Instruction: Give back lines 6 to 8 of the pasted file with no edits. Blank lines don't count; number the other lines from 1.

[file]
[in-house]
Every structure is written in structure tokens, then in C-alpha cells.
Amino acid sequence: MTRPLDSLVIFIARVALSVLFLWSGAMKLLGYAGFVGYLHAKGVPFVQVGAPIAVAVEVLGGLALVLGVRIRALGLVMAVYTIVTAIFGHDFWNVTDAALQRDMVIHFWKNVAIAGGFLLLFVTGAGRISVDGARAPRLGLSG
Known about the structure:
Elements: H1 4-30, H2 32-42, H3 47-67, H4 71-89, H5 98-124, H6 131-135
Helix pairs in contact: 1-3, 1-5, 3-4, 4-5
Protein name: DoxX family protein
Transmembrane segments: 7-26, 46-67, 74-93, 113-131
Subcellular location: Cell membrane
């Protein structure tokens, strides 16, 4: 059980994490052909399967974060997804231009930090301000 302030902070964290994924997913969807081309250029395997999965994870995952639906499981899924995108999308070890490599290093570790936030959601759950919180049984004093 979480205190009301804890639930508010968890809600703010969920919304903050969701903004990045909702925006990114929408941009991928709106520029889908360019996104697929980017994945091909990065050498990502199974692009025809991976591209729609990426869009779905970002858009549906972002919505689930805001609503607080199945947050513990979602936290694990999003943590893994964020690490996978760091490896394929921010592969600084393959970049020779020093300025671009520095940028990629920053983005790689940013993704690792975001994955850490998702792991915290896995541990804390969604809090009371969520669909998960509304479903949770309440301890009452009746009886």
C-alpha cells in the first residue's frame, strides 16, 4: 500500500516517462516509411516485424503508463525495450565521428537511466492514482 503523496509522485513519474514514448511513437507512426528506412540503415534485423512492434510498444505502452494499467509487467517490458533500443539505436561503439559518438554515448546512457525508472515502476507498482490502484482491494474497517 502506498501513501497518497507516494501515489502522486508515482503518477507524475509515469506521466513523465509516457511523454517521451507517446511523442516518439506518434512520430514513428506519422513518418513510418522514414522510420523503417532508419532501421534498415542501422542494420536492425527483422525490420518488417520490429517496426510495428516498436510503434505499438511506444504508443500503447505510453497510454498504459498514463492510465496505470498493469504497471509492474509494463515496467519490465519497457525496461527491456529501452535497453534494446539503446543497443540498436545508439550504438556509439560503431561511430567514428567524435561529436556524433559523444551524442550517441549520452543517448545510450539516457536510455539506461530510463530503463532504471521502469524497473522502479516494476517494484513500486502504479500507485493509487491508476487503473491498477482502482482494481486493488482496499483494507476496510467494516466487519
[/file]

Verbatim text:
Helix pairs in contact: 1-3, 1-5, 3-4, 4-5
Protein name: DoxX family protein
Transmembrane segments: 7-26, 46-67, 74-93, 113-131